Have you ever wondered what's involved in credit card processing? Every credit card transaction involves four parties: The customer making the purchase, the merchant receiving payment for the purchase, the bank the merchant processor uses for credit card processing services (acquiring bank), the bank that issued the customer's credit card (issuing bank).
How Does Credit Card Processing Work?
Acquiring banks (also called merchant banks) contract with merchants to operate accounts that allow the merchants to accept credit card payments. Acquiring banks deposit funds for credit card purchases into merchants' accounts. They also furnish merchants with credit card processing software and equipment such as a merchant processor, credit card reader and terminal, as well as providing customer service, promotional materials and other credit card processing services.
Any merchant who wishes to accept credit card payments must have a merchant processor account. A merchant account is an unsecured line of credit that pays a merchant for customer purchases. The payment is actually a loan to the merchant's account from that merchant's acquiring bank. In other words, the acquiring bank loans money to the merchant to cover the cost of customers' credit card transactions.
After a credit card transaction is complete, the merchant will have less money than the original transaction amount because both the issuing bank and the acquiring bank will charge the merchant fees for their services. These fees include a percentage of each transaction, and the higher the transaction amount, the higher the fee. The merchant may also be charged fixed fees for each transaction by the issuing bank and the acquiring bank.
What You Need to Know About Credit Card Processing:
If you want to set up a merchant account for credit card processing, you probably wonder about the credit card fees you will be charged. The most important determinant of how high your fees will be is the type of business you are in. Certain businesses are more likely than others to suffer payment disputes and chargebacks, so their transactions are considered riskier by issuing and acquiring banks. Businesses with these riskier transactions are therefore charged higher fees to offset the risk of chargebacks.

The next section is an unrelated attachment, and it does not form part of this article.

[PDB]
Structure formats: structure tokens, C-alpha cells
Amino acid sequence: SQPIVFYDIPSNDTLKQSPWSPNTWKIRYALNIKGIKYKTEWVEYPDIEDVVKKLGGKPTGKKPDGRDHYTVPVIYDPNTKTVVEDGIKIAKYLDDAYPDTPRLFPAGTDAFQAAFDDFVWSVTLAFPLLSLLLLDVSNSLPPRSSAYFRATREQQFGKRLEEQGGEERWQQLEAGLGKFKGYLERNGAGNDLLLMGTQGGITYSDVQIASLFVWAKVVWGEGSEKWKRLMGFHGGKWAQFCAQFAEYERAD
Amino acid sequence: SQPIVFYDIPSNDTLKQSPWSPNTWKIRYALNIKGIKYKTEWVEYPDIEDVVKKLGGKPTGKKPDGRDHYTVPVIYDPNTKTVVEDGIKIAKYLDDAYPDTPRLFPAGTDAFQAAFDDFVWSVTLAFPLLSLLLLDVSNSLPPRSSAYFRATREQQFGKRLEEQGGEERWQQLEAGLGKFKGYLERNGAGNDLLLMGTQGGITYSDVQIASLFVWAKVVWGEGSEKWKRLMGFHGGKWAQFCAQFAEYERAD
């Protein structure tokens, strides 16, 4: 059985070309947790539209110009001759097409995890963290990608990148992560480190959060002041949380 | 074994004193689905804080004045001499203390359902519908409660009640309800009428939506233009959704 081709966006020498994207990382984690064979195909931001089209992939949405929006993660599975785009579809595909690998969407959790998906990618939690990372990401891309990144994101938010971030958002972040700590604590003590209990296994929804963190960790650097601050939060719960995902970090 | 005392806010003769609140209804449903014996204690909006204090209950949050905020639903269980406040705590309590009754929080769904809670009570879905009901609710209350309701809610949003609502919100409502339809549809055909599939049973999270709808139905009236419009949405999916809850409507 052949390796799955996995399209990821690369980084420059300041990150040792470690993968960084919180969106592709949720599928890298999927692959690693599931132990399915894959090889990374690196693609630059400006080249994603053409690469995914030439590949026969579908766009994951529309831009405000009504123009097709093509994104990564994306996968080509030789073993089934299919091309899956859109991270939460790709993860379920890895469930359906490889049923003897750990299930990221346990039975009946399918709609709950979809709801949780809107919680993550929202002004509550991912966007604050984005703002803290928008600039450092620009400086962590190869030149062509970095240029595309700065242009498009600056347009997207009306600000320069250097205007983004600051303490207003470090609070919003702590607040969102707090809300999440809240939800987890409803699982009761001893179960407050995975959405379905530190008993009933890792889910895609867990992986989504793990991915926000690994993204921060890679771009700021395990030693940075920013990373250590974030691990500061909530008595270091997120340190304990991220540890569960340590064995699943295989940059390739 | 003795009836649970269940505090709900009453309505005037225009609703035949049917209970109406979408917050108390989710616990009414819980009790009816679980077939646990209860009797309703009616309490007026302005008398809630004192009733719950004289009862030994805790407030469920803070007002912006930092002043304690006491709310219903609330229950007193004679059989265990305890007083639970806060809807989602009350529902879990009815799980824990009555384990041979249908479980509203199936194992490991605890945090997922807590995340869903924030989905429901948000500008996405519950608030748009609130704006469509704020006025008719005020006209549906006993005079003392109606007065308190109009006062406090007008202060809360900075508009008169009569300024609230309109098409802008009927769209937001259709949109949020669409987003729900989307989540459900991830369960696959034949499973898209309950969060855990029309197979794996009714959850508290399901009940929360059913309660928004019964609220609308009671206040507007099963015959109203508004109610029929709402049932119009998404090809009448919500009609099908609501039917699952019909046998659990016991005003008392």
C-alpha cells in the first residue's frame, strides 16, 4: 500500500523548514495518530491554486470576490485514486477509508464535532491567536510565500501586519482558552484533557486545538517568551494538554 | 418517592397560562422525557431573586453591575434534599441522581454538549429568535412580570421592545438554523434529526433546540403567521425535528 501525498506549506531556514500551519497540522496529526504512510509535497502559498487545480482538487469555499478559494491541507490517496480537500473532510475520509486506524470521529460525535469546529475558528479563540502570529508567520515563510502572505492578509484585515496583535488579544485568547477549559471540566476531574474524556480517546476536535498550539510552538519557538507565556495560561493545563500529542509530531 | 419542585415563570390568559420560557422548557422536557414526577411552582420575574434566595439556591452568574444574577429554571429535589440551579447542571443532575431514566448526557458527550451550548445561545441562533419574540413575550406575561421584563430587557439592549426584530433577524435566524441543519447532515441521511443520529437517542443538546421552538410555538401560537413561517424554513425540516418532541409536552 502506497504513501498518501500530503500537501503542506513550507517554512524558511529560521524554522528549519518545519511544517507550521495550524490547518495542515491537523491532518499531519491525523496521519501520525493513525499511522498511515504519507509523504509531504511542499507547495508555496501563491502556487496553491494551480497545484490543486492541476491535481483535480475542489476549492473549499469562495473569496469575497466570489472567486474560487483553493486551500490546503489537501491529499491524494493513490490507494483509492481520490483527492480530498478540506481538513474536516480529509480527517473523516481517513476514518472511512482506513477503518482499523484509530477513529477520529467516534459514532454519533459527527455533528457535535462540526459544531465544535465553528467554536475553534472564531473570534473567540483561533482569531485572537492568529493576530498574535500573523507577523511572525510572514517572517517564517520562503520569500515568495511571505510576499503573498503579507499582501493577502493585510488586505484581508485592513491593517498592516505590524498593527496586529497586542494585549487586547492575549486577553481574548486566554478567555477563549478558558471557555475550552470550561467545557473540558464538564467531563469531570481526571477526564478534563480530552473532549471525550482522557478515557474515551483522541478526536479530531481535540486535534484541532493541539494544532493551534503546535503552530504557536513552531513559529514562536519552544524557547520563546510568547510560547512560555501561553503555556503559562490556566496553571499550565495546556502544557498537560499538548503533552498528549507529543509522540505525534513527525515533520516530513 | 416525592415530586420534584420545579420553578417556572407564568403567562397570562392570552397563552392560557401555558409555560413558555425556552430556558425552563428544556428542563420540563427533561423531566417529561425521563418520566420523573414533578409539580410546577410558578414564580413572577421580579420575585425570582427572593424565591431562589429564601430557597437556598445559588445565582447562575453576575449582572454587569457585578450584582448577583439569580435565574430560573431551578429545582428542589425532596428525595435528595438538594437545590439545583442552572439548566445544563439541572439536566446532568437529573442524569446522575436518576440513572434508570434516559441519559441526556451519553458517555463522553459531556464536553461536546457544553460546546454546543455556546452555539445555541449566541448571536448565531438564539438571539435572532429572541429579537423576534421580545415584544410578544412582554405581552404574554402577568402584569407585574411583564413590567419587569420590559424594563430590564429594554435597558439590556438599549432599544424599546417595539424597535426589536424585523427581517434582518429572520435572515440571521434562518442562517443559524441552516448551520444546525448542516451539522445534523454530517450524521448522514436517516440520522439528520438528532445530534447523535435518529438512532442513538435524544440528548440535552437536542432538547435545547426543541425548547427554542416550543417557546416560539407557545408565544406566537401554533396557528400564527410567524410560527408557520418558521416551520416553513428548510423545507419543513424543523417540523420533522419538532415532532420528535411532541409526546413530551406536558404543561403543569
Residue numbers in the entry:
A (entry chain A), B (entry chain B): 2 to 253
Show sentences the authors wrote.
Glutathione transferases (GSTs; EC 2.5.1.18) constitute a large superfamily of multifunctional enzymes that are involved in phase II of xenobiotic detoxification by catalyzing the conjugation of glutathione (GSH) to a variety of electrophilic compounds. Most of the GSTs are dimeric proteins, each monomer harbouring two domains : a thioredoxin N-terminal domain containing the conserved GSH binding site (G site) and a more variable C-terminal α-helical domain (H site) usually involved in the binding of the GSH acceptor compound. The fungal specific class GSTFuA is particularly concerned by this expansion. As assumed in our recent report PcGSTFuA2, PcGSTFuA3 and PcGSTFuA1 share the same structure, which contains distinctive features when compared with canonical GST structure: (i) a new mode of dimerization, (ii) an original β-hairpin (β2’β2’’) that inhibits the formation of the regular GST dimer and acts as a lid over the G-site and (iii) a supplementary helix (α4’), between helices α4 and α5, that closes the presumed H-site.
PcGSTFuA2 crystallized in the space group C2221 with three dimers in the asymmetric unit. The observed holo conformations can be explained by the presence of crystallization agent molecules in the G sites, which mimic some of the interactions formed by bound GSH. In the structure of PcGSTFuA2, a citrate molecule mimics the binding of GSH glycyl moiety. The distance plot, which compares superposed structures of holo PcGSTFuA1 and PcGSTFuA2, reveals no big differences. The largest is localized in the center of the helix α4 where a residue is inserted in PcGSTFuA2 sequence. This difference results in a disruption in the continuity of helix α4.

Chargebacks are what happens when a customer successfully disputes a credit card fees transaction with your business. The safest transactions, as far as the issuing and acquiring banks are concerned, take place when the cardholder swipes his or her own card in the credit card reader and signs the receipt to pay for goods that are inexpensive and not likely to generate complaints. Restaurants, gas stations and car rental agencies all fall into this category, and because their chargeback risk is low, they pay less in fees for credit card processing transactions.
The risk of a chargeback is highest when transactions are completed via the Internet or by phone. The risk is even higher if the transactions are expensive, involve shipping and the business is one that is subject to complaints. The bottom line is that when a merchant applies for credit card processing services, the business the merchant is engaged in figures significantly in the fees that the merchant will be charged.
Who Needs Credit Card Processing Companies?
Any merchant, whether doing business in a physical location like a retail store, a virtual location like an online website, or by phone or mail order needs credit card processing services if they wish to serve all potential customers and remain competitive.
Although you, as a merchant, will pay a certain price for credit card processing services, the bottom line is that you can't really be successful in your business without it. However, due to the variability in pricing for credit card processing services, you can shop around for the best deal. Just be sure that any quotes you receive include all the rates and fees you will be charged.